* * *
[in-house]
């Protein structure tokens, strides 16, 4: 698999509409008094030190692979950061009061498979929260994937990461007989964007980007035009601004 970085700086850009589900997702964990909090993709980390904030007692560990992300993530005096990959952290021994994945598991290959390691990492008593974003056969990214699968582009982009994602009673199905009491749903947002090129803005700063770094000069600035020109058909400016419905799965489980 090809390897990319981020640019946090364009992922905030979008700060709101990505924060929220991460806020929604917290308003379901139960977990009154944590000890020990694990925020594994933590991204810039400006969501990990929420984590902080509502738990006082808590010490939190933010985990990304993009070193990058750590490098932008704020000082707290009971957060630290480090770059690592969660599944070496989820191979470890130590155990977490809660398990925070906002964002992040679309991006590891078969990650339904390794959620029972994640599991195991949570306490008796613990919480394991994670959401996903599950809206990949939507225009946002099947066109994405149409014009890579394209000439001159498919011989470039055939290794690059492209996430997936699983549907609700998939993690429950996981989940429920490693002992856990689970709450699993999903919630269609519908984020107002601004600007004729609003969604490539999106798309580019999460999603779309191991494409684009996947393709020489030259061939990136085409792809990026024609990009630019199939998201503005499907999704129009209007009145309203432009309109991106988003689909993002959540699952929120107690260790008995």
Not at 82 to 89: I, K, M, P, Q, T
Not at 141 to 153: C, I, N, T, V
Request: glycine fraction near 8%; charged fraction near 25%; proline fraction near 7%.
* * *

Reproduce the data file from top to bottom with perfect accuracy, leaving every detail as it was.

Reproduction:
[in-house]
């Protein structure tokens, strides 16, 4: 698999509409008094030190692979950061009061498979929260994937990461007989964007980007035009601004 970085700086850009589900997702964990909090993709980390904030007692560990992300993530005096990959952290021994994945598991290959390691990492008593974003056969990214699968582009982009994602009673199905009491749903947002090129803005700063770094000069600035020109058909400016419905799965489980 090809390897990319981020640019946090364009992922905030979008700060709101990505924060929220991460806020929604917290308003379901139960977990009154944590000890020990694990925020594994933590991204810039400006969501990990929420984590902080509502738990006082808590010490939190933010985990990304993009070193990058750590490098932008704020000082707290009971957060630290480090770059690592969660599944070496989820191979470890130590155990977490809660398990925070906002964002992040679309991006590891078969990650339904390794959620029972994640599991195991949570306490008796613990919480394991994670959401996903599950809206990949939507225009946002099947066109994405149409014009890579394209000439001159498919011989470039055939290794690059492209996430997936699983549907609700998939993690429950996981989940429920490693002992856990689970709450699993999903919630269609519908984020107002601004600007004729609003969604490539999106798309580019999460999603779309191991494409684009996947393709020489030259061939990136085409792809990026024609990009630019199939998201503005499907999704129009209007009145309203432009309109991106988003689909993002959540699952929120107690260790008995």
Not at 82 to 89: I, K, M, P, Q, T
Not at 141 to 153: C, I, N, T, V
Request: glycine fraction near 8%; charged fraction near 25%; proline fraction near 7%.